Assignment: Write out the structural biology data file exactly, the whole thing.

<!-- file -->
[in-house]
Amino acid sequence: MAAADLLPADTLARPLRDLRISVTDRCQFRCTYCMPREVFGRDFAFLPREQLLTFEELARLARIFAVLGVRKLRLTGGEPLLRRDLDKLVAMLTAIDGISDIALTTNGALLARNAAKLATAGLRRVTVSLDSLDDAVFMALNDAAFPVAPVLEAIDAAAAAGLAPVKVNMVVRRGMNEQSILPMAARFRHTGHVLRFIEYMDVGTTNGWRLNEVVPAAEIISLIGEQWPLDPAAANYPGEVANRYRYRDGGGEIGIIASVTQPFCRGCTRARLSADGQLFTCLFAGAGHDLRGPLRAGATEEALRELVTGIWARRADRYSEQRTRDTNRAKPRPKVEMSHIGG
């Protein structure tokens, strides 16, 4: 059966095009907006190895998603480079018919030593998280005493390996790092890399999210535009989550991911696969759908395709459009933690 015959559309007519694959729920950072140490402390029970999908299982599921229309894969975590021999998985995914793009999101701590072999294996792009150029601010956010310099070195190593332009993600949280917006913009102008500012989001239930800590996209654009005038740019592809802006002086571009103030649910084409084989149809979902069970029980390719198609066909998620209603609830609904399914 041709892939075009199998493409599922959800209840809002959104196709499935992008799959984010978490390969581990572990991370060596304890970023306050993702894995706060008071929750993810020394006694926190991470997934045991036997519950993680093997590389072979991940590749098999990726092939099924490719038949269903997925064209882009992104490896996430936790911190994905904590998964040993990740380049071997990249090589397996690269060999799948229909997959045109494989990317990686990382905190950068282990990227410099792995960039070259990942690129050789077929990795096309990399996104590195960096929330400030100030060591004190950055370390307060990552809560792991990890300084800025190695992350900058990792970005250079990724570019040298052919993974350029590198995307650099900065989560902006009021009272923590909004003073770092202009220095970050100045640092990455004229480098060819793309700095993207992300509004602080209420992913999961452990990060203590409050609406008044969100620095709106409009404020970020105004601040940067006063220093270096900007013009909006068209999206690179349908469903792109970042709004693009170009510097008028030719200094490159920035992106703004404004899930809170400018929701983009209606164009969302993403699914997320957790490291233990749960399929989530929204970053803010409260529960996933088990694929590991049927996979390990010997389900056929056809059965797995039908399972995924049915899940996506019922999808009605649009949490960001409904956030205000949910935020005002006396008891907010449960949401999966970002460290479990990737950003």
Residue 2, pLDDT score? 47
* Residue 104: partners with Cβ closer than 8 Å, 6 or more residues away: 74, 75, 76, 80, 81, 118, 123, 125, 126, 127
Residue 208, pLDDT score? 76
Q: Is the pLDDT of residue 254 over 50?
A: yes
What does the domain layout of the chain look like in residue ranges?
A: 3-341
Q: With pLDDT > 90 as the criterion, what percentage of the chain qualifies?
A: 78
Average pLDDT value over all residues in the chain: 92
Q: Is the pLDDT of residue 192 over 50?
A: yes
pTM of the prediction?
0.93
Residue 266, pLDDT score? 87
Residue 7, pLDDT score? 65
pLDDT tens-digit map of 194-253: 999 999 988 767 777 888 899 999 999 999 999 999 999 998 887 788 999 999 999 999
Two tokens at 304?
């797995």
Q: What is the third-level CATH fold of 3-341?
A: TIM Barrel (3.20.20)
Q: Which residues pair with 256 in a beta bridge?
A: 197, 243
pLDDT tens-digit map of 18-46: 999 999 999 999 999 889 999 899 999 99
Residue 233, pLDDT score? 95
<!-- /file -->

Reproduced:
[in-house]
Amino acid sequence: MAAADLLPADTLARPLRDLRISVTDRCQFRCTYCMPREVFGRDFAFLPREQLLTFEELARLARIFAVLGVRKLRLTGGEPLLRRDLDKLVAMLTAIDGISDIALTTNGALLARNAAKLATAGLRRVTVSLDSLDDAVFMALNDAAFPVAPVLEAIDAAAAAGLAPVKVNMVVRRGMNEQSILPMAARFRHTGHVLRFIEYMDVGTTNGWRLNEVVPAAEIISLIGEQWPLDPAAANYPGEVANRYRYRDGGGEIGIIASVTQPFCRGCTRARLSADGQLFTCLFAGAGHDLRGPLRAGATEEALRELVTGIWARRADRYSEQRTRDTNRAKPRPKVEMSHIGG
């Protein structure tokens, strides 16, 4: 059966095009907006190895998603480079018919030593998280005493390996790092890399999210535009989550991911696969759908395709459009933690 015959559309007519694959729920950072140490402390029970999908299982599921229309894969975590021999998985995914793009999101701590072999294996792009150029601010956010310099070195190593332009993600949280917006913009102008500012989001239930800590996209654009005038740019592809802006002086571009103030649910084409084989149809979902069970029980390719198609066909998620209603609830609904399914 041709892939075009199998493409599922959800209840809002959104196709499935992008799959984010978490390969581990572990991370060596304890970023306050993702894995706060008071929750993810020394006694926190991470997934045991036997519950993680093997590389072979991940590749098999990726092939099924490719038949269903997925064209882009992104490896996430936790911190994905904590998964040993990740380049071997990249090589397996690269060999799948229909997959045109494989990317990686990382905190950068282990990227410099792995960039070259990942690129050789077929990795096309990399996104590195960096929330400030100030060591004190950055370390307060990552809560792991990890300084800025190695992350900058990792970005250079990724570019040298052919993974350029590198995307650099900065989560902006009021009272923590909004003073770092202009220095970050100045640092990455004229480098060819793309700095993207992300509004602080209420992913999961452990990060203590409050609406008044969100620095709106409009404020970020105004601040940067006063220093270096900007013009909006068209999206690179349908469903792109970042709004693009170009510097008028030719200094490159920035992106703004404004899930809170400018929701983009209606164009969302993403699914997320957790490291233990749960399929989530929204970053803010409260529960996933088990694929590991049927996979390990010997389900056929056809059965797995039908399972995924049915899940996506019922999808009605649009949490960001409904956030205000949910935020005002006396008891907010449960949401999966970002460290479990990737950003």
Residue 2, pLDDT score? 47
* Residue 104: partners with Cβ closer than 8 Å, 6 or more residues away: 74, 75, 76, 80, 81, 118, 123, 125, 126, 127
Residue 208, pLDDT score? 76
Q: Is the pLDDT of residue 254 over 50?
A: yes
What does the domain layout of the chain look like in residue ranges?
A: 3-341
Q: With pLDDT > 90 as the criterion, what percentage of the chain qualifies?
A: 78
Average pLDDT value over all residues in the chain: 92
Q: Is the pLDDT of residue 192 over 50?
A: yes
pTM of the prediction?
0.93
Residue 266, pLDDT score? 87
Residue 7, pLDDT score? 65
pLDDT tens-digit map of 194-253: 999 999 988 767 777 888 899 999 999 999 999 999 999 998 887 788 999 999 999 999
Two tokens at 304?
């797995």
Q: What is the third-level CATH fold of 3-341?
A: TIM Barrel (3.20.20)
Q: Which residues pair with 256 in a beta bridge?
A: 197, 243
pLDDT tens-digit map of 18-46: 999 999 999 999 999 889 999 899 999 99
Residue 233, pLDDT score? 95